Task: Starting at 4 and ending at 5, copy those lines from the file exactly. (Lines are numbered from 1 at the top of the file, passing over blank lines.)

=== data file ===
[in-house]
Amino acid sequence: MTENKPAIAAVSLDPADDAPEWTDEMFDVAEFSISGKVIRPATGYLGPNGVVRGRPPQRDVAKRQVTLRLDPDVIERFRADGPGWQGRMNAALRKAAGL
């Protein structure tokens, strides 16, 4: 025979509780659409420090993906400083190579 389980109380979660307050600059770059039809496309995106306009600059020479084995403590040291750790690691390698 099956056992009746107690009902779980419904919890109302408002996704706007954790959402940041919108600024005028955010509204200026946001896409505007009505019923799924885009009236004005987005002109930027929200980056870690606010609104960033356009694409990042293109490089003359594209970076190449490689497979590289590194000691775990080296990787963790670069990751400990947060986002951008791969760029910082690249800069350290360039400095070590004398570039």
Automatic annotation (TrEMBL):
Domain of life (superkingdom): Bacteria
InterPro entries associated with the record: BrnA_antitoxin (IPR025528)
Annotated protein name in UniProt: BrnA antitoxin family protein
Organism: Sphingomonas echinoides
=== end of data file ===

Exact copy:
Automatic annotation (TrEMBL):
Domain of life (superkingdom): Bacteria